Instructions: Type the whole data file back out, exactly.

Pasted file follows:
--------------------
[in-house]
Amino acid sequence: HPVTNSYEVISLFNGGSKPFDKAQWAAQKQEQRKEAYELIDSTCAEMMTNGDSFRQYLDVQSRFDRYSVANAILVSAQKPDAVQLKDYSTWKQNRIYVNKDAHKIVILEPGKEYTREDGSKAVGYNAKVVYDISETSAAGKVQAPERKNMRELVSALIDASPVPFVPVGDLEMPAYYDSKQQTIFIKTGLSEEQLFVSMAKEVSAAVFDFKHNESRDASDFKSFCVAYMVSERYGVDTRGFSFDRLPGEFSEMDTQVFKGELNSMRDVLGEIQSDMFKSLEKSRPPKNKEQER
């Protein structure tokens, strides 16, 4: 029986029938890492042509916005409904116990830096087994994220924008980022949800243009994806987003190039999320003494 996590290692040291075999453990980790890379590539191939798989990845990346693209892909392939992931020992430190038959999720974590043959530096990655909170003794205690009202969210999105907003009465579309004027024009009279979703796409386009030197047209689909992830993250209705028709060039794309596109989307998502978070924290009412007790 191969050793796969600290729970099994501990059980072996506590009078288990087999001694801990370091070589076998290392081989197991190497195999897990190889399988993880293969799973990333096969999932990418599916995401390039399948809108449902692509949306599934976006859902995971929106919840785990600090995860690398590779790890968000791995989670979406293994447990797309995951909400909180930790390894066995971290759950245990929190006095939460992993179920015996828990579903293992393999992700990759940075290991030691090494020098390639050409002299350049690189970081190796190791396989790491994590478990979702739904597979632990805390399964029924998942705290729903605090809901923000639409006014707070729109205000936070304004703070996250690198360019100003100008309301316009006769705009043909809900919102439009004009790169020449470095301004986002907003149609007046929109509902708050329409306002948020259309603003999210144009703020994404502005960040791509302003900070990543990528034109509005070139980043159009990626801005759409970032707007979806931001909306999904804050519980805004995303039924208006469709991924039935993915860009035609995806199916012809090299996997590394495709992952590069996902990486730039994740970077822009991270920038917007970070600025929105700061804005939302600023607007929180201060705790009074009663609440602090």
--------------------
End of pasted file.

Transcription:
[in-house]
Amino acid sequence: HPVTNSYEVISLFNGGSKPFDKAQWAAQKQEQRKEAYELIDSTCAEMMTNGDSFRQYLDVQSRFDRYSVANAILVSAQKPDAVQLKDYSTWKQNRIYVNKDAHKIVILEPGKEYTREDGSKAVGYNAKVVYDISETSAAGKVQAPERKNMRELVSALIDASPVPFVPVGDLEMPAYYDSKQQTIFIKTGLSEEQLFVSMAKEVSAAVFDFKHNESRDASDFKSFCVAYMVSERYGVDTRGFSFDRLPGEFSEMDTQVFKGELNSMRDVLGEIQSDMFKSLEKSRPPKNKEQER
């Protein structure tokens, strides 16, 4: 029986029938890492042509916005409904116990830096087994994220924008980022949800243009994806987003190039999320003494 996590290692040291075999453990980790890379590539191939798989990845990346693209892909392939992931020992430190038959999720974590043959530096990655909170003794205690009202969210999105907003009465579309004027024009009279979703796409386009030197047209689909992830993250209705028709060039794309596109989307998502978070924290009412007790 191969050793796969600290729970099994501990059980072996506590009078288990087999001694801990370091070589076998290392081989197991190497195999897990190889399988993880293969799973990333096969999932990418599916995401390039399948809108449902692509949306599934976006859902995971929106919840785990600090995860690398590779790890968000791995989670979406293994447990797309995951909400909180930790390894066995971290759950245990929190006095939460992993179920015996828990579903293992393999992700990759940075290991030691090494020098390639050409002299350049690189970081190796190791396989790491994590478990979702739904597979632990805390399964029924998942705290729903605090809901923000639409006014707070729109205000936070304004703070996250690198360019100003100008309301316009006769705009043909809900919102439009004009790169020449470095301004986002907003149609007046929109509902708050329409306002948020259309603003999210144009703020994404502005960040791509302003900070990543990528034109509005070139980043159009990626801005759409970032707007979806931001909306999904804050519980805004995303039924208006469709991924039935993915860009035609995806199916012809090299996997590394495709992952590069996902990486730039994740970077822009991270920038917007970070600025929105700061804005939302600023607007929180201060705790009074009663609440602090």